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Food delivery feeds recovery

By Li Yingxue | China Daily | Updated: 2020-02-18 07:20
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A restaurant employee prepares free meals for workers in hospitals in Hefei, Anhui province. [Photo/Xinhua]

Liu says all of her restaurants' walk-in diners need to order through a WeChat program so each order's information, such as diners' WeChat ID, can be recorded.

"The food we serve is balanced in nutrition, which helps customers maintain good health-it's key to fighting the virus," Liu says.

"We need to ensure our employees' health first. And by providing our service as usual, we ensure people who are self-quarantined at home feel less anxiety or fear about the situation."

Takeout orders

Many restaurants had prepared special menus for family-reunion dinners during Spring Festival, and pre-orders were quite popular. Bookings at some Michelin-starred restaurants in Beijing were made weeks before the holiday.

But most were canceled as the novel coronavirus outbreak spread in mid-January, leaving the restaurants with plentiful food stocks.

According to Wang Gang, founder of Meizhou Dongpo Catering Group, from Jan 21 to 30, the group received 11,144 cancellations in its more than 100 restaurants around China and lost about 17 million yuan ($2.44 million).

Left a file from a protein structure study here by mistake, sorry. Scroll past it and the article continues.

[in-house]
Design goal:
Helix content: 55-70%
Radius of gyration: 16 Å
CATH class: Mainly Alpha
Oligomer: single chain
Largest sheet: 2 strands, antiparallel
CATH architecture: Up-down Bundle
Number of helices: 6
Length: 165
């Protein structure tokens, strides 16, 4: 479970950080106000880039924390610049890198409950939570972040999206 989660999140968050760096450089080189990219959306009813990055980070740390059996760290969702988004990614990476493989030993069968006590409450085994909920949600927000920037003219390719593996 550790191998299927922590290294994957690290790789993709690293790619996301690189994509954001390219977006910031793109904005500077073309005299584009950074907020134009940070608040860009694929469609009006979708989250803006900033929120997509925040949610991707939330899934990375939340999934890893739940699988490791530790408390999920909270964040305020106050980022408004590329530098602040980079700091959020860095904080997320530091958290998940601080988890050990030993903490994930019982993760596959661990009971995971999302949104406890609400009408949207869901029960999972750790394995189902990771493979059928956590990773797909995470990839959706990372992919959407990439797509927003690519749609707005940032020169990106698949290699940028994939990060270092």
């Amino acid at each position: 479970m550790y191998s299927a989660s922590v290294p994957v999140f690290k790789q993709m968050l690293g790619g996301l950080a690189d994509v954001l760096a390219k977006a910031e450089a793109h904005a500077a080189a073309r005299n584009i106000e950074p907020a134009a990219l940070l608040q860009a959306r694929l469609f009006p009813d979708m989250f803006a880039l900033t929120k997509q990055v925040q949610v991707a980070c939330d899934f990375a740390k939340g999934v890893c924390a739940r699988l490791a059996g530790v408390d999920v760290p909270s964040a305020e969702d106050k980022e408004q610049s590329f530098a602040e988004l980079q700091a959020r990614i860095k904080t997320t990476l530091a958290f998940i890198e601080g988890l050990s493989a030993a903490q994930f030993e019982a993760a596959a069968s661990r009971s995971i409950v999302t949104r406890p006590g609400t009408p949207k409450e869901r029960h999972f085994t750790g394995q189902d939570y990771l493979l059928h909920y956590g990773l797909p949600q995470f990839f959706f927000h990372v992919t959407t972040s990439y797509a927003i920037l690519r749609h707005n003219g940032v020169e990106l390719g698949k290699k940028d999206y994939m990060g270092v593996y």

This, added to the paycheck outlay of around 50 million yuan per month and monthly rents totaling 11 million yuan, means the novel coronavirus has cost the company more than 70 million yuan.

Some restaurants start to resume business amid the epidemic in Changsha, Hunan province, on Feb 12. [Photo/Xinhua]

The group's business has declined by 80 to 90 percent, and its income comes mostly from takeout, Wang says.

"Our cash flow can last three months to half a year. The influence of the novel coronavirus' outbreak on our restaurants may last six months-even a year-so we need a long-term plan."

Jia Guolong, CEO of Xibei Catering Group, a restaurant chain focused on northwestern Chinese cuisine, wrote a letter to all 21,870 employees on Feb 6, saying that even though 80 percent of their more than 400 branches had to close due to the outbreak, the group is working on delivery services. About 200 branches are offering takeout.

All online delivery services follow strict rules to lower risks for staff and customers.

Most food deliveries include a card that records the names of the people who cooked and delivered each dish, and their body temperatures.

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